I found out a few days ago that a teacher at my former high school has died. He never taught me, but I auditioned for him, for the school play, when I was twelve, thick-fringed and uncomfortable in my own skin. I turned to a blob of nervous mulch as soon as I opened my gob to sing. Needless to say, I didn't get the part, or any part for that matter. But I knew deep down that I could do better, and so I went home, dejected, and practiced and practiced, everyday - usually in my back garden so my mum wouldn't hear me - until I was note perfect. I can still recite the one bloody verse that was the audition song. I never got to hear it in full, as I never went to see the show itself (having no friends to go with who weren't already in it). Instead, I made up scenarios where I went back in time and did the audition all over again, and the teacher would say "marvellous, we've found our lead!" I don't think it made me feel any better, but it gave me something to strive towards, and eventually, albeit five years later, I did get a leading part in a musical.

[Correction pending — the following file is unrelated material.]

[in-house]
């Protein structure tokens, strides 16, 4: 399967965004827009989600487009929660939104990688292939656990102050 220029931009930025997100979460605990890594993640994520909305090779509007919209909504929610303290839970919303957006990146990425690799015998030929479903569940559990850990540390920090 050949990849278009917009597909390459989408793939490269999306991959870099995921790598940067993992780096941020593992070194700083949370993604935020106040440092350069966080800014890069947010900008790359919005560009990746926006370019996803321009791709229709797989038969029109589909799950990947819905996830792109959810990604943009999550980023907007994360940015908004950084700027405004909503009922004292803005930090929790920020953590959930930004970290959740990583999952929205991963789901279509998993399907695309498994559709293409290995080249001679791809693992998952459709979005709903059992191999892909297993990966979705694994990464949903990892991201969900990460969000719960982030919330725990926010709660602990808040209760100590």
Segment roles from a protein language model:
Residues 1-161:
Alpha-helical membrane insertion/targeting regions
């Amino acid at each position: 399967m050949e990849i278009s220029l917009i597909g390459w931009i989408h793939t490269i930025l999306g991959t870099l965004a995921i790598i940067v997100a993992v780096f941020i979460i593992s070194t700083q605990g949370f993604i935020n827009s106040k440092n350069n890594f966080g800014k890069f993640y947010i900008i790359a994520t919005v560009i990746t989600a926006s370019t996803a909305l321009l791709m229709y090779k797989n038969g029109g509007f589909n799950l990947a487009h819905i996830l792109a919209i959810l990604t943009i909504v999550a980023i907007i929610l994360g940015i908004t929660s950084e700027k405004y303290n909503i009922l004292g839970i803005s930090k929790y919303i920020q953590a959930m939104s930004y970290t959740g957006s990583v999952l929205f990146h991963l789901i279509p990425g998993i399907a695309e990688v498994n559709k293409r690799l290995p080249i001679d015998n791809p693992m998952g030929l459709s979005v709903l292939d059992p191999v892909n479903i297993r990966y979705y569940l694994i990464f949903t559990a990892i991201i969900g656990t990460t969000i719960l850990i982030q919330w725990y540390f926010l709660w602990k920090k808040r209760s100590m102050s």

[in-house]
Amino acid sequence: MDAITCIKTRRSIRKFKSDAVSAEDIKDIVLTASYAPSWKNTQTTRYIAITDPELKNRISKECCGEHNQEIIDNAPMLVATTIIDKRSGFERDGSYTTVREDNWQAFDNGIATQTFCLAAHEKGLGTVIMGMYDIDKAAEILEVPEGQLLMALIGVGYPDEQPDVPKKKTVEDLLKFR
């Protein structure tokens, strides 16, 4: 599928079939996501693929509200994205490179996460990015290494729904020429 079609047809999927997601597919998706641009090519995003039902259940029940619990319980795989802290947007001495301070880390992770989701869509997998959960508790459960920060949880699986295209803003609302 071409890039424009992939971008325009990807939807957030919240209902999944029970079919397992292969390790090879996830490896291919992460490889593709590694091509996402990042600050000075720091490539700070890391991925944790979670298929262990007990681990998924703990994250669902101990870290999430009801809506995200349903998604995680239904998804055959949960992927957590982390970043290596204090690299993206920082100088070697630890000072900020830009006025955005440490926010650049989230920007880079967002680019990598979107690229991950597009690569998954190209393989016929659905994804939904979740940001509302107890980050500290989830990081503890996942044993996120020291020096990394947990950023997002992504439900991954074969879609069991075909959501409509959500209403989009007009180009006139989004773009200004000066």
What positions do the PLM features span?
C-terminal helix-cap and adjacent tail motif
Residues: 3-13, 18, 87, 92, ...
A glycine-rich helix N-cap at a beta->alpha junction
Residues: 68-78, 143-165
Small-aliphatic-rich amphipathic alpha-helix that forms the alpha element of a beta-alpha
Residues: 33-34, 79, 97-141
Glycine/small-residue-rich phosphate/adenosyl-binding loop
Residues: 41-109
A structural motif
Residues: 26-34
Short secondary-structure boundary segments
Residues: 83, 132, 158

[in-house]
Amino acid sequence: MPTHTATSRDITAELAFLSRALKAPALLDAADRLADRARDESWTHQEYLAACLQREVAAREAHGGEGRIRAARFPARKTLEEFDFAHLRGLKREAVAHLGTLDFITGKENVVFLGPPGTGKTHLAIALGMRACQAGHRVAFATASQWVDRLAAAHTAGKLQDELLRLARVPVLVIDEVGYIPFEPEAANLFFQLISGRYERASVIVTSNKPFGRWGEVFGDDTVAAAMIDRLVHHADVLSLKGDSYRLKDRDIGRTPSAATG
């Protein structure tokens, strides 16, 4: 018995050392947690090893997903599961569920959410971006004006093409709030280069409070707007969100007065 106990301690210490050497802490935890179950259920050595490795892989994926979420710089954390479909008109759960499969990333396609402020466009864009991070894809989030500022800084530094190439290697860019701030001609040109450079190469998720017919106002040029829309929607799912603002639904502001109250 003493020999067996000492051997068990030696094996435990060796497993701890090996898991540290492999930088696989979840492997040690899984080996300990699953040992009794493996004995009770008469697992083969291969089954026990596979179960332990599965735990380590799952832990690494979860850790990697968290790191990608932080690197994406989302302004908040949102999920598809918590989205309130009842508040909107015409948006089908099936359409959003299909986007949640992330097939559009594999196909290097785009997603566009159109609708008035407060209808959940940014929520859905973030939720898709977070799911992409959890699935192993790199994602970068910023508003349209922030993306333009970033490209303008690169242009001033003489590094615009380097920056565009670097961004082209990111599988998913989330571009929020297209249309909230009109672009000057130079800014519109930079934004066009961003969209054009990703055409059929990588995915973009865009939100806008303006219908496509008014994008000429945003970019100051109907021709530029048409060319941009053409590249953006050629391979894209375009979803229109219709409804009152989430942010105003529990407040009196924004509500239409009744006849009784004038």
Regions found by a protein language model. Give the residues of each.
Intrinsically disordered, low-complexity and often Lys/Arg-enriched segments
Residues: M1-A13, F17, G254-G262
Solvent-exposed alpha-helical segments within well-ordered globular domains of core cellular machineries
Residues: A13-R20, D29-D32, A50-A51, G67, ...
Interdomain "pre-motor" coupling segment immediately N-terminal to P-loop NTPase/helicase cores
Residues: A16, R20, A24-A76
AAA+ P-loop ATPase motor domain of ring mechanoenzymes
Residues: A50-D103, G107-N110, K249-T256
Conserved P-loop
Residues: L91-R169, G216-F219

I wish I could write about the man himself, his achievements and ambitions, but I never knew him. He taught my parents; he once caught my dad underage drinking in a pub, and bought him a pint; he was the man I wanted to please most for a few months back in 1993. It's strange to think how a person you never acutally spoke to, you never knew, can influence your life. Goodbye, Mr G.